BOTTLE BASICS

Digger Odell Publications 2003

How to Tell the Age of a Bottle: Lips

Beginning collectors often wonder how to tell the age of a particular bottle.One of the most important clues to the age of a bottle is the style of the lip. In the picture below are shown a number of lip styles common during the last century.

Lips of Nineteenth Century Bottles

All of the above lips were applied to the neck of the bottle after it was removed from the mold. A hot piece of glass was applied to the neck and then hand tooled to the proper shape. The lips of bottles made before 1870 were often crudely applied and careful examination shows these irregularities. Sometime around 1880 it became common practice to tool the lips with a lipping tool, an object which fit one piece into the opening of the neck while two other pieces clamped on the outside of the applied band of glass. Then with a twisting motion, the top was uniformly shaped. Bottles produced during the last twenty years of the last century will show evidence of this twisting motion which left faint concentric rings around the mouth and upper part of the neck. This motion also erased the mold seam in the process. This is shown in the picture below on a bottle made sometime between 1890 and 1910. The lip, a round band, was finished with a lipping tool which erased the mold seam and left its tell tale concentric rings. Earlier bottles, those made before 1870, will not show these rings and lip may be more crudely applied with some drippy areas under the applied band. When the mold seam stops before the top of the bottle then the bottle is said to have been hand finished..

 

How to Tell the Age of a Bottle: Bases

Looking at the base of a bottle is also helpful in determining the age. Most bottles made before 1858 will have a "pontil" mark. This mark was left when the "punty rod" was snapped off the bottom of the bottle. The punty rod was used to hold the hot bottle while the lip was formed and finished. The punty rod was dipped into hot glass and attached to the base of the bottle by one of the helpers. The glassblower then formed the lip in the appropriate style and the punty rod was broken off. In the picture are samples of the most common types of "pontil marks". Larger bottles and especially soda bottles made between 1840 and 1855 have pontil marks. Most bottles dating before 1855 will have an open pontil. There are several types of open or pontil marks but the key is the presence of a rough area on the base.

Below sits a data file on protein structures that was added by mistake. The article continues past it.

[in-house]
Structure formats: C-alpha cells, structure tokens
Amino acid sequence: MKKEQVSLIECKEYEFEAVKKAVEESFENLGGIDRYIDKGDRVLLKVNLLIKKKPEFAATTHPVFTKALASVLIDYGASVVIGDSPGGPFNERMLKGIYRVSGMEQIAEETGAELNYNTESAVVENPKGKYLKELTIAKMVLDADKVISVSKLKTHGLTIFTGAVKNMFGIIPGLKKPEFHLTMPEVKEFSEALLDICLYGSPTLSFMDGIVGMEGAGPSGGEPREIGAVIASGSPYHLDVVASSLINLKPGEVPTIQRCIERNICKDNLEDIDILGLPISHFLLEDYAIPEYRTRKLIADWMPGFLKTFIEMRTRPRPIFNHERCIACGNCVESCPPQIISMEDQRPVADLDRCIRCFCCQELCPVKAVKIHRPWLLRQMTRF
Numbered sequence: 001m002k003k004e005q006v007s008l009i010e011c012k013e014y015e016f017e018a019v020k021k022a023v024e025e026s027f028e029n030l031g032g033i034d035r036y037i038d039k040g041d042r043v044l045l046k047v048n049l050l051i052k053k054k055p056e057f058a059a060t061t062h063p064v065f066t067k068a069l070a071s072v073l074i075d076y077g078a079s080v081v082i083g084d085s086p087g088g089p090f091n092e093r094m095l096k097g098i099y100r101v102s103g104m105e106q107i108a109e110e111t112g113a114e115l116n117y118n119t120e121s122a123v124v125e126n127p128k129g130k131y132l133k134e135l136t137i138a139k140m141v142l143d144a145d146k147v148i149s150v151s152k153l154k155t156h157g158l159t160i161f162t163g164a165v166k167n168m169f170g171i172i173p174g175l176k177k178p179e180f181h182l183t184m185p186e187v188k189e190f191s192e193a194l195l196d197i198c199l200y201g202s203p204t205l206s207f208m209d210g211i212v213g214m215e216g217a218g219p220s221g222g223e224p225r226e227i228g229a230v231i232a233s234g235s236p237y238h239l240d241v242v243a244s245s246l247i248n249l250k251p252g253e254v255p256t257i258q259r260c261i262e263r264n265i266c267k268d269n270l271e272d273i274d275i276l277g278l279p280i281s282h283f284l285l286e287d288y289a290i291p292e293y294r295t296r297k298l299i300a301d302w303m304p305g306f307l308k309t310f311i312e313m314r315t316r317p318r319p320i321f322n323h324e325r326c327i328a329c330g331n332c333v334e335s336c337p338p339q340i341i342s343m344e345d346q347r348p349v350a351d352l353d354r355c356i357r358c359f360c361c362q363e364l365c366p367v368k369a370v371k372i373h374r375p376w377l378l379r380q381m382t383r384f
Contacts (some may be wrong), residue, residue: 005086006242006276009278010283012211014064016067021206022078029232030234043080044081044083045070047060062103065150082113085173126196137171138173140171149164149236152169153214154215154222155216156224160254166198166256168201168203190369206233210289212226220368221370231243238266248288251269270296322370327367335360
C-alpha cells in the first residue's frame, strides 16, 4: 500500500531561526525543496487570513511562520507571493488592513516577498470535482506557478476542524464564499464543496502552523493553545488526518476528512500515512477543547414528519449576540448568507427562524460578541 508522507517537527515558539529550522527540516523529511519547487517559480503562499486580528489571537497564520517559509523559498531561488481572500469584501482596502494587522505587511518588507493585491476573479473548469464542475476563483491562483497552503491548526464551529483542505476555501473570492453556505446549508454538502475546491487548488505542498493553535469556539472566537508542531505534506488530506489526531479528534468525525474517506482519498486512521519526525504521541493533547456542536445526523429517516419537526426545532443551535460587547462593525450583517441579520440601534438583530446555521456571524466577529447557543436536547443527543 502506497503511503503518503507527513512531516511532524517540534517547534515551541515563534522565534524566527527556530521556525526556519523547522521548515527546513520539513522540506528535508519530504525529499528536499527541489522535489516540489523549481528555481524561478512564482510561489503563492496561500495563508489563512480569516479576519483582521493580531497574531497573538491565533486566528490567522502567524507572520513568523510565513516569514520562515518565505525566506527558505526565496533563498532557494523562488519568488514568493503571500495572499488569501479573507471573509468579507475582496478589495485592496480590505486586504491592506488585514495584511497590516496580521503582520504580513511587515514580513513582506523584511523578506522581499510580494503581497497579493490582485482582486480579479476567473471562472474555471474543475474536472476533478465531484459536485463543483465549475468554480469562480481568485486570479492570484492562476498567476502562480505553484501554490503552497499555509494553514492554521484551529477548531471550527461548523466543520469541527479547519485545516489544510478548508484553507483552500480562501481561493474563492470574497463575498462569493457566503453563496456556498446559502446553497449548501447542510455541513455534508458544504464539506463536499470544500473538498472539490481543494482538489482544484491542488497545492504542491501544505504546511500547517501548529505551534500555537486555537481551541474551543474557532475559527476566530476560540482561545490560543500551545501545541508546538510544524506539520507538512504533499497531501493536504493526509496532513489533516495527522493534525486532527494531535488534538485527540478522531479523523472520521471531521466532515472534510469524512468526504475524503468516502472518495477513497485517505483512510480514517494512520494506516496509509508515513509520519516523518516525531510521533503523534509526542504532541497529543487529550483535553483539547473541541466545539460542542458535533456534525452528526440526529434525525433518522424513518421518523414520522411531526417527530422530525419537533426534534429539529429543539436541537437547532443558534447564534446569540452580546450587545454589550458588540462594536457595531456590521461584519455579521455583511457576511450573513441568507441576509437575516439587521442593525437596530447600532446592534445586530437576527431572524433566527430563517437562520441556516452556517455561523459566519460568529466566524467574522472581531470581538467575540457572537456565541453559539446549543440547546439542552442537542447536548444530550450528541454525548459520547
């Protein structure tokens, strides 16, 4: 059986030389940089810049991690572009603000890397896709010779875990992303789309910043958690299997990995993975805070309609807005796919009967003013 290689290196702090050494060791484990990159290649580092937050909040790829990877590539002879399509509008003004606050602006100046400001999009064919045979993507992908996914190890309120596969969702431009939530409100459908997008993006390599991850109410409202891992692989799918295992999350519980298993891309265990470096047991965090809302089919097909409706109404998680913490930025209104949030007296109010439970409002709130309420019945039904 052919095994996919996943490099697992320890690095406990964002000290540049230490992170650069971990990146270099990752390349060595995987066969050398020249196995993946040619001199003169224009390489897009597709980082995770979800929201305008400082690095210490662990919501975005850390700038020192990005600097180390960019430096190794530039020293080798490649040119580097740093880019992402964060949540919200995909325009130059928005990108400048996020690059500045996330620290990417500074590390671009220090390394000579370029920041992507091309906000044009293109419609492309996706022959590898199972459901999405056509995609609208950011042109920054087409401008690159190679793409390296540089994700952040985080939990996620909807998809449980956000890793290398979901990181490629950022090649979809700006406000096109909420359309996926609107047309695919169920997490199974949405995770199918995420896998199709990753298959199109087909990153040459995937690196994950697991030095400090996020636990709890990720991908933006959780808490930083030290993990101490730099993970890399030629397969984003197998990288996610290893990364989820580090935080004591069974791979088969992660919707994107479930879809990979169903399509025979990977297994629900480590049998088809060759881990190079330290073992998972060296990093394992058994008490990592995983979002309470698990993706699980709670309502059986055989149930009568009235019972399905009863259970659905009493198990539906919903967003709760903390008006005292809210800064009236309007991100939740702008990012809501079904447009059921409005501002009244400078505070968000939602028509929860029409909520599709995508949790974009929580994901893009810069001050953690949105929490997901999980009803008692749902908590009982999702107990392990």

THE OPEN PONTIL IS MORE
COMMON THAN IRON PONTIL

A BROWN OR REDDISH RESIDUE WAS LEFT
EMBEDDED IN THE GLASS WHEN THE
BOTTLE WAS IRON PONTILED.

 

Other Types of Bases

The practice of using private molds became popular around of the middle of the nineteenth century. These mold were ordered from the glass factories by medicine manufacturers, soda and mineral water bottles and manufacturers of other household goods. Private molds could be had with embossing or for bottles of unusual design. Embossed bottles became commonplace.

Sometime around 1855 a tool called a snap case was invented which allowed the glassblower to hold the bottle for finishing without using a punty rod. the snap case left no marks and more importantly no pontil. Molds were designed with a particular base called a "key mold" this mold left a distinctive mark on the base of bottles made between 1850-1870. Key mold bottles can be found both pontiled and smooth based

Bitters Bottle Base Showing Key Mold Circa 1870

Smooth Base Bottles

As mold making technology progressed the seam across the base of the bottle disappeared. Embossed bases became more common and other markings began to appear on bottle bases such as initials for the glass works producing the bottles. For the period from 1870-1910 bottles had hand tooled lips and smooth bases. Then in 1892 a semi-automatic bottle machine was invented. With this machine the entire lip was molded along with the body of the bottle and the need for hand finishing disappeared. Early machine made bottles carry a distinctive mark known as the Owens ring, named after the inventor of the automatic machine at the Owens Glass Company. The fruit jar shown below was made about 1920 and shows the Characteristic Owens ring. By the mid 1920's every bottle was being massed produced by machinery and the era of the hand blown bottle ended. All machine-made bottles have the mold seam go up and over the lip. The letters ABM (automatic bottle machine) are used to refer to these bottles.

A machine made bottle base

In the photograph there is a smaller ring and then a larger one (not as clearly visible). The larger one is the Owen's ring. Both rings are very symmetrical and did not leave a rough mark like the punty rod. Around the turn of the century, the typical color of glass used for bottles changed from aqua to clear. Fewer bottles were embossed and by the late 1930's and into the 1940 and 1950s, painted label bottles (especially for soda and milk bottles) became popular. Bottles lost their individuality as food manufacturers demanded more regular containers, bubbles and the charming irregularities that collectors love disappeared as the 20th century progressed.
(Copyright 1998 by Digger Odell Publications)

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